We’re not recovering from this. It’s only getting worse. And it will continue on that path, indefinitely.
The Kafkaroo court scene we saw on display last week was, I submit, not the tipping point in American politics many have claimed. It was simply the televised presentation of what is already in the heart of American culture. A similar event from recent personal experience: when my wife felt unusually ill a few weeks ago, she went to a doctor, and was informed it was “vertigo”. As I said to her that afternoon, “That’s a symptom, not a diagnosis…” And so it is with the USA, 2018.
Much has been said about the “polarization” of America in the 21st Century, and it’s all pretty valid. Some seek in vain for a “return to civility”; others fear an eventual war. What I don’t get is why these choices both assume the same premise–namely, that these United States must, in the end, be “united”. The Founding Fathers had a good solution to this dilemma. It’s called federalism. It used to be a conservative principle. Sure, we can “unite” on necessary federal matters as needed for our shared security and preservation of liberty, but ultimately, the States are, well, states.
Europe, surprisingly, gets this mostly right. Even in the context of the EU, Spain doesn’t dictate (overall) how Luxembourg must live. Sweden isn’t subject to the laws of France. Certain shared goals generate common “Union” rules and regulations, but, ultimately, the UK’s NHS doesn’t apply to Italy. Ironically, in the US we’ve become a far more centrally-governed nation. This was not what was intended in the Constitution.
Much of our current social meltdown is due to the folly of trying to govern one another from far away, in distinct, often diametrically opposed cultures. Red and Blue states can’t agree on cakes. So we fight. Or, now hear me out here … what if we just stopped demanding all other states live like us? California–you want socialized medicine? Have at it. Texas won’t stop you, and you won’t mandate Texas to follow suit. Oklahoma–want constitutional carry for all firearms and all citizens? You do you, and let Massachusetts go wild blocking access to guns within constitutional limits. Live and let legislate.
Now is a return to federalism realistic? In my opinion, not likely. It gets to the heart of the matter at hand: Americans no longer agree on the basic nature of how a government should be run. This reflects a more fundamental issue, really. We don’t agree on the nature of reality itself anymore. We’re split between Judeo-Christian Western tradition and Postmodernity. How do we interpret a text? Say, for example, the Constitution? Is the traditional nuclear family a societal good to be preserved? Are rights granted by Creator or government? We’re trying to resolve these conflicts at the ballot box when the divide is civilizational. We’re not hashing out practical details of how to run a community with shared values; we’re simply waging political warfare to subjugate our neighbors under our worldviews (this goes for both sides).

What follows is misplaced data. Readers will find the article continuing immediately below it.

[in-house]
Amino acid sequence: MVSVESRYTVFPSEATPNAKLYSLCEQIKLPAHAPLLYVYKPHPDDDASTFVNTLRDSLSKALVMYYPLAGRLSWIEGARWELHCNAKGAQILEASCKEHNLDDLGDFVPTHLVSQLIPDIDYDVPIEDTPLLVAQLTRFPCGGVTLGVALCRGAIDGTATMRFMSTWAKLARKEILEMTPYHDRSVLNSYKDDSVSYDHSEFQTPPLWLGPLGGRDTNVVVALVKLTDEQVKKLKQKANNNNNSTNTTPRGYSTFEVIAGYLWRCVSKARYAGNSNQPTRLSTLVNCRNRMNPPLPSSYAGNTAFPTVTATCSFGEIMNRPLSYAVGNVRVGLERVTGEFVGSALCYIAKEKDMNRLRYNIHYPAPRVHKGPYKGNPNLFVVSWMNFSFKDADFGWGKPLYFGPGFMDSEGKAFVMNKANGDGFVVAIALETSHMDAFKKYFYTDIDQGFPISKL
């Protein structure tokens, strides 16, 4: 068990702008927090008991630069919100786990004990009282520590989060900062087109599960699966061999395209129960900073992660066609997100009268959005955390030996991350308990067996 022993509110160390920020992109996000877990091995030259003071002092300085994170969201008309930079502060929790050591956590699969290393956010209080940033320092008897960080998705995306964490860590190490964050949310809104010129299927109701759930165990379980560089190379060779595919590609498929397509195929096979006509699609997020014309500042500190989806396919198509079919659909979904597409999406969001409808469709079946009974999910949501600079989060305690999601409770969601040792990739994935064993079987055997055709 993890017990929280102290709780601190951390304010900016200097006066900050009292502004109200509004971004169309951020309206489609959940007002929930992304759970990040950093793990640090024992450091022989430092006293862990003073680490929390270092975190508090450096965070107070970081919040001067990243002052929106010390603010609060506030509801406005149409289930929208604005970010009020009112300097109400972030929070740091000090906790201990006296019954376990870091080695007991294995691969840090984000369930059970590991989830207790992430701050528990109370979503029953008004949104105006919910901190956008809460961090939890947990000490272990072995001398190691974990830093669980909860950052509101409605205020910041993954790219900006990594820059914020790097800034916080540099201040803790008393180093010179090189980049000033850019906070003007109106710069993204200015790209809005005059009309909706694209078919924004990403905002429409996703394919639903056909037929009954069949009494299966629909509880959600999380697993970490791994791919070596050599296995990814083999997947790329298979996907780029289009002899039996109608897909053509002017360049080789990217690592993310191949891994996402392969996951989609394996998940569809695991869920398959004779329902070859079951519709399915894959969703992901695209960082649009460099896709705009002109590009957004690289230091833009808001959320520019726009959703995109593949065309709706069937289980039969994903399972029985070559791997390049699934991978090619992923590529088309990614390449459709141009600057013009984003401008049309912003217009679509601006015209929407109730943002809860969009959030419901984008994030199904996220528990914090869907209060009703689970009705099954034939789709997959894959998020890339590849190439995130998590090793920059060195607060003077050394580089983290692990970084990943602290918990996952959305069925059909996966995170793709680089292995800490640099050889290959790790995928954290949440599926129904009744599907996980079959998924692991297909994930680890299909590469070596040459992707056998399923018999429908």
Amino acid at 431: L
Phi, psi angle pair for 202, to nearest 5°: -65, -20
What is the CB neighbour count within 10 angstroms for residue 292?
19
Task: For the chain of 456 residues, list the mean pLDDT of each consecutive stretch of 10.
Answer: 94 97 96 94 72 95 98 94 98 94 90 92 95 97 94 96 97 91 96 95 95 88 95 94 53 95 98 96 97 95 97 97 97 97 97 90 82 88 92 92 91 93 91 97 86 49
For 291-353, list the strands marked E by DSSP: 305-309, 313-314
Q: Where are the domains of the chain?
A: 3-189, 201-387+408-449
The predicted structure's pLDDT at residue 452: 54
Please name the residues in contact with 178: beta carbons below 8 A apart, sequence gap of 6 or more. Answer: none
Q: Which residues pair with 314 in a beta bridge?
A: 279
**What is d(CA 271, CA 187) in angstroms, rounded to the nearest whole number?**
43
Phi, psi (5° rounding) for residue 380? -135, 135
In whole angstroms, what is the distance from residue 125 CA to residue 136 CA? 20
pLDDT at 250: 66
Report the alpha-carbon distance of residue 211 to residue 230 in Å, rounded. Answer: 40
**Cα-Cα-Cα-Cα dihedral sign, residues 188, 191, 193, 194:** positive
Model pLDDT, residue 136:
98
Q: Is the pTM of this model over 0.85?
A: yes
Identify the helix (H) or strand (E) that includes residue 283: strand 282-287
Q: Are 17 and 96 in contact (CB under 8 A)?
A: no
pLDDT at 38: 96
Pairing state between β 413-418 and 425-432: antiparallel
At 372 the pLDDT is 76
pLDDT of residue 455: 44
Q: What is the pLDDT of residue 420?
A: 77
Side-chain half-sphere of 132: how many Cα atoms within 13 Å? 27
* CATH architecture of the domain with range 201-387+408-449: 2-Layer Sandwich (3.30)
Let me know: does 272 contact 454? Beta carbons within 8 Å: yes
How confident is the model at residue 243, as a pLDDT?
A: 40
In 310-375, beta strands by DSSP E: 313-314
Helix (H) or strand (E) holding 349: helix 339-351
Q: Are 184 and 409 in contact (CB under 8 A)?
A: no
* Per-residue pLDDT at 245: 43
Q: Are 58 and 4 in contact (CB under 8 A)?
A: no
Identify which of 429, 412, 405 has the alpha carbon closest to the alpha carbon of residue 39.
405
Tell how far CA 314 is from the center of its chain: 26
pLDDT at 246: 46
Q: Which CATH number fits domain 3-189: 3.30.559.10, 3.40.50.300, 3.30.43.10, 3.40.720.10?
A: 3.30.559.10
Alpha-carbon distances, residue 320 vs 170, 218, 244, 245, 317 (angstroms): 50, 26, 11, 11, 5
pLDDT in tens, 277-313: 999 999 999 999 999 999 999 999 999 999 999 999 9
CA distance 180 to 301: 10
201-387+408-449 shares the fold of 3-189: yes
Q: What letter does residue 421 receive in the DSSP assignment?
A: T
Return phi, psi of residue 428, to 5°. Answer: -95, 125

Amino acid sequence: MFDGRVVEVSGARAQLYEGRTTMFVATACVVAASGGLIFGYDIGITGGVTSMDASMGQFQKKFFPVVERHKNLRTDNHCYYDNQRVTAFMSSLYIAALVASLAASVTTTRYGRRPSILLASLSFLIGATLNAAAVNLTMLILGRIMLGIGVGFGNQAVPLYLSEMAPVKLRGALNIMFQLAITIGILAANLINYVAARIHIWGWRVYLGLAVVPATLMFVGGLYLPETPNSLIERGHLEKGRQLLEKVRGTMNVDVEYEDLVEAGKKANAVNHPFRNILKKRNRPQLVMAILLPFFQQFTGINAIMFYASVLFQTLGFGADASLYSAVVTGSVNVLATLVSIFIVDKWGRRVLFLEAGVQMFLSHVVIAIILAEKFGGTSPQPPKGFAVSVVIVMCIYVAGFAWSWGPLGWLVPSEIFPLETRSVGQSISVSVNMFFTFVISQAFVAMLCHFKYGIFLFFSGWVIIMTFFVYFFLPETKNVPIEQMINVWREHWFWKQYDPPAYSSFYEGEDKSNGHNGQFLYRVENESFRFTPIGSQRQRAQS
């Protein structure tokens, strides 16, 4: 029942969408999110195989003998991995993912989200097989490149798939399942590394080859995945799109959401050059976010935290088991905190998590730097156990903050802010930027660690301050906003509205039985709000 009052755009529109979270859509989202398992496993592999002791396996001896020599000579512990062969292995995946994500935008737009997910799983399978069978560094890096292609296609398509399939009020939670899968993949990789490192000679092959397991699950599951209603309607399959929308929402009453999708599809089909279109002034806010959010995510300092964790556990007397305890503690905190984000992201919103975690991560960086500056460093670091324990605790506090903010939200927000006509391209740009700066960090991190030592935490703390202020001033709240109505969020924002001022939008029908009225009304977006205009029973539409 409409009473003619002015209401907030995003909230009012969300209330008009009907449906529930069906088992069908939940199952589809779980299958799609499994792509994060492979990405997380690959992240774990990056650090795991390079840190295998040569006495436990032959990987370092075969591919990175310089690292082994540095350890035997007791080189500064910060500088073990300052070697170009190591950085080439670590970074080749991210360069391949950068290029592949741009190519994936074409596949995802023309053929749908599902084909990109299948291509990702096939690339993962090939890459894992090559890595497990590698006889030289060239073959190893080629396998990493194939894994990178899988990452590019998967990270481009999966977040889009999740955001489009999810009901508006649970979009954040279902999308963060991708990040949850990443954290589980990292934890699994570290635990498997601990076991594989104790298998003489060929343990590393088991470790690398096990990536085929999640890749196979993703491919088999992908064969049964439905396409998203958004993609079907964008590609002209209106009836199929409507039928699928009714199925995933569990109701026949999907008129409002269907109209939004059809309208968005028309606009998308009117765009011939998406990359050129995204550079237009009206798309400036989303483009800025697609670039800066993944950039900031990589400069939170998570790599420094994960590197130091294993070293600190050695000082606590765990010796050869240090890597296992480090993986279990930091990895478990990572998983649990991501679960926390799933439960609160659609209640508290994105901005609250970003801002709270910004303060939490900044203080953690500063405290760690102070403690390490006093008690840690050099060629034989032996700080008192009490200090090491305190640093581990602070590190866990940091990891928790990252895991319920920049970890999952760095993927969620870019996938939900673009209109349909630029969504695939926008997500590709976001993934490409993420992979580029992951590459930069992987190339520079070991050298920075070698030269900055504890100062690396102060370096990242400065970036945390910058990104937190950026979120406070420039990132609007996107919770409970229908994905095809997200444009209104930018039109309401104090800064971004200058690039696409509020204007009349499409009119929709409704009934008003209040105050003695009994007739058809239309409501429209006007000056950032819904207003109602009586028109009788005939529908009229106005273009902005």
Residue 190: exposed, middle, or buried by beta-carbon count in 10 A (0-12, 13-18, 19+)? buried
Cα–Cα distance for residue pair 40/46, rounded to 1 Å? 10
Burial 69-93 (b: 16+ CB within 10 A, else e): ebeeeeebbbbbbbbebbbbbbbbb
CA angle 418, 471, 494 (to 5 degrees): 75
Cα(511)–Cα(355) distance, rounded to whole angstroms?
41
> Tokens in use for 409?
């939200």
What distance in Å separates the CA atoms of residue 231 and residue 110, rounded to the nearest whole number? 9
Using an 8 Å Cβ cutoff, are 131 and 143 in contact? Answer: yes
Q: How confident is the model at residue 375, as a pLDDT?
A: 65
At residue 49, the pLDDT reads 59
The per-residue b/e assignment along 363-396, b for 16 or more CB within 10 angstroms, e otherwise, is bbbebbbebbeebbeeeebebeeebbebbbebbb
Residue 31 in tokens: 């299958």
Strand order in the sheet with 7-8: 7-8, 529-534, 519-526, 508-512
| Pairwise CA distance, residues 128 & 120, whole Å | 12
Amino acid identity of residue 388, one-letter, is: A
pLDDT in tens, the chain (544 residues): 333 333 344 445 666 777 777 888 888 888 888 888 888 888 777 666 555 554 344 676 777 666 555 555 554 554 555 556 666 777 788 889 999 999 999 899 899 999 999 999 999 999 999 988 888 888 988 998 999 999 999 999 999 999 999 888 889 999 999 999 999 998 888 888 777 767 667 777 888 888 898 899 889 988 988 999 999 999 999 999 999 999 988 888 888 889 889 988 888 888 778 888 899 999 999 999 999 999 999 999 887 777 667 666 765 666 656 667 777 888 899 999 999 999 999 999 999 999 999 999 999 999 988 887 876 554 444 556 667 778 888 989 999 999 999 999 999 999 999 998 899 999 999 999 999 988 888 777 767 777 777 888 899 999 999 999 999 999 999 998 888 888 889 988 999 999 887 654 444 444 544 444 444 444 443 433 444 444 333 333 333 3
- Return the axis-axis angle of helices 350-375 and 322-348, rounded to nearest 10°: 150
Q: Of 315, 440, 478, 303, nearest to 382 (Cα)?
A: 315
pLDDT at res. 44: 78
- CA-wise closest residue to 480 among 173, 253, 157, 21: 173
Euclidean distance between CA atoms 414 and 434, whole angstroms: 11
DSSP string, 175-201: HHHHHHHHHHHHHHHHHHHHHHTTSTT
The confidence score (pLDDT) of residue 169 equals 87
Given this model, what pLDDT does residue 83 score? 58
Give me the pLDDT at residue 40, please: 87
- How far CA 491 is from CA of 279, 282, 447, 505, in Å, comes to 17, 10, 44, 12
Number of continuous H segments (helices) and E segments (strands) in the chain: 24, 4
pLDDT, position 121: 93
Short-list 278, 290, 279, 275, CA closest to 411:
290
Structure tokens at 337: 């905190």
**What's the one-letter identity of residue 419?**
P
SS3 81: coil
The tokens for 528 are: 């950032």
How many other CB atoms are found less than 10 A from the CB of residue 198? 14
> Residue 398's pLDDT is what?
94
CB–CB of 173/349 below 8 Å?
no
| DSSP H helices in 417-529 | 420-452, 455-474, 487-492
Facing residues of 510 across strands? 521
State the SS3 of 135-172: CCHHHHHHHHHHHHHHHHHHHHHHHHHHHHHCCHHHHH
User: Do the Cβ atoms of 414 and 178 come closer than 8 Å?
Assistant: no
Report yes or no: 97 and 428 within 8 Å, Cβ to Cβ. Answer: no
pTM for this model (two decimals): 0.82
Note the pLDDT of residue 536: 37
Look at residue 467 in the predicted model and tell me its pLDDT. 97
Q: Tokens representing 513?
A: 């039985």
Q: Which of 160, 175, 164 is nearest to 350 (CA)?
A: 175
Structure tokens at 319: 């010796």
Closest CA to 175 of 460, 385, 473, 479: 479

Can I ask the awkward, obvious question?
At some level, we’re holding on to the ideal of “indivisibility” at this point simply for tradition’s sake. “We’ve always done it this way.” As clichÃ© as it may sound, America is stuck in a loveless marriage. It just doesn’t want the same things anymore, and all it does is fight. It’s sharing a roof out of habit, and because it would just be too much trouble to break up the family.
One might interject, rightly, that “God hates divorce”. Indeed. But that’s in the context of actual marriage. With regard to states, we’re just using a metaphor. There’s no theological obligation to force governments to maintain legal a union. We get along fine with Canada and Mexico. Why? In part because we’re neighbors, not family or roommates. Our respective independence makes room for mutual respect and, as needed, alliance. For the life of me, I don’t know why Vermont and Alabama are seeking to share a bed of national legal constraints over one another.
A lot of the hesitation to even speak about this question comes from the scars of the 1860’s–understandably so. But perhaps that event taught us, incorrectly, that division necessarily entails war. Not every divorce includes throwing dishes and keying your loved one’s car. There is such a thing as “amicable” separation. Is it still messy in the details? Sure. Of course. But look out the window. Isn’t it pretty messy already? No doubt there are property and assets that have to be negotiated unto a fair settlement for each. And there’s the glaring problem of the state divide really being secondary to the urban/rural divide (what happens to Austin!?). But at some point, doesn’t it become worth the trouble? Better than bloodshed in the streets, right?
This isn’t a full-on advocacy for division of the states. I’m just saying it seems we’re fighting for this civil union as if we have to. Maybe we shouldn’t.